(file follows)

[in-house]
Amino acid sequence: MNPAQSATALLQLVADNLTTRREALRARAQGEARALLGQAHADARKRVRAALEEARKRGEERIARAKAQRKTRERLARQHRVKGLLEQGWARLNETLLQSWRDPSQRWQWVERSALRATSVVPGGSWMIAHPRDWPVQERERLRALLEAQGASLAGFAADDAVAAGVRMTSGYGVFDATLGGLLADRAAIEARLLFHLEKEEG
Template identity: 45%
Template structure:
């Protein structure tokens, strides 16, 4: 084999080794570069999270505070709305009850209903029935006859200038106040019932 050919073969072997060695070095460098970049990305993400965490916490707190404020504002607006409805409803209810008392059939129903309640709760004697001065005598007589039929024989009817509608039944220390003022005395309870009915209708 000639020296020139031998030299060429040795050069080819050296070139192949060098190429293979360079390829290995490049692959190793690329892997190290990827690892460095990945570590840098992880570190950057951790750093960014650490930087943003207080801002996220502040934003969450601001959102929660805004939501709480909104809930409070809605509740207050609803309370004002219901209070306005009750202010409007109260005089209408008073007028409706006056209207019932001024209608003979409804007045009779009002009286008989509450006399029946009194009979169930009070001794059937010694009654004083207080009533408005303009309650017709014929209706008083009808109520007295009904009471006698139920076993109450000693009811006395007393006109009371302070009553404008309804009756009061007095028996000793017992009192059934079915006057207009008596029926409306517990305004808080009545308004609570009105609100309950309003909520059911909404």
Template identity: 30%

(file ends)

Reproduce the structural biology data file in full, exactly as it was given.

[in-house]
Amino acid sequence: MNPAQSATALLQLVADNLTTRREALRARAQGEARALLGQAHADARKRVRAALEEARKRGEERIARAKAQRKTRERLARQHRVKGLLEQGWARLNETLLQSWRDPSQRWQWVERSALRATSVVPGGSWMIAHPRDWPVQERERLRALLEAQGASLAGFAADDAVAAGVRMTSGYGVFDATLGGLLADRAAIEARLLFHLEKEEG
Template identity: 45%
Template structure:
């Protein structure tokens, strides 16, 4: 084999080794570069999270505070709305009850209903029935006859200038106040019932 050919073969072997060695070095460098970049990305993400965490916490707190404020504002607006409805409803209810008392059939129903309640709760004697001065005598007589039929024989009817509608039944220390003022005395309870009915209708 000639020296020139031998030299060429040795050069080819050296070139192949060098190429293979360079390829290995490049692959190793690329892997190290990827690892460095990945570590840098992880570190950057951790750093960014650490930087943003207080801002996220502040934003969450601001959102929660805004939501709480909104809930409070809605509740207050609803309370004002219901209070306005009750202010409007109260005089209408008073007028409706006056209207019932001024209608003979409804007045009779009002009286008989509450006399029946009194009979169930009070001794059937010694009654004083207080009533408005303009309650017709014929209706008083009808109520007295009904009471006698139920076993109450000693009811006395007393006109009371302070009553404008309804009756009061007095028996000793017992009192059934079915006057207009008596029926409306517990305004808080009545308004609570009105609100309950309003909520059911909404």
Template identity: 30%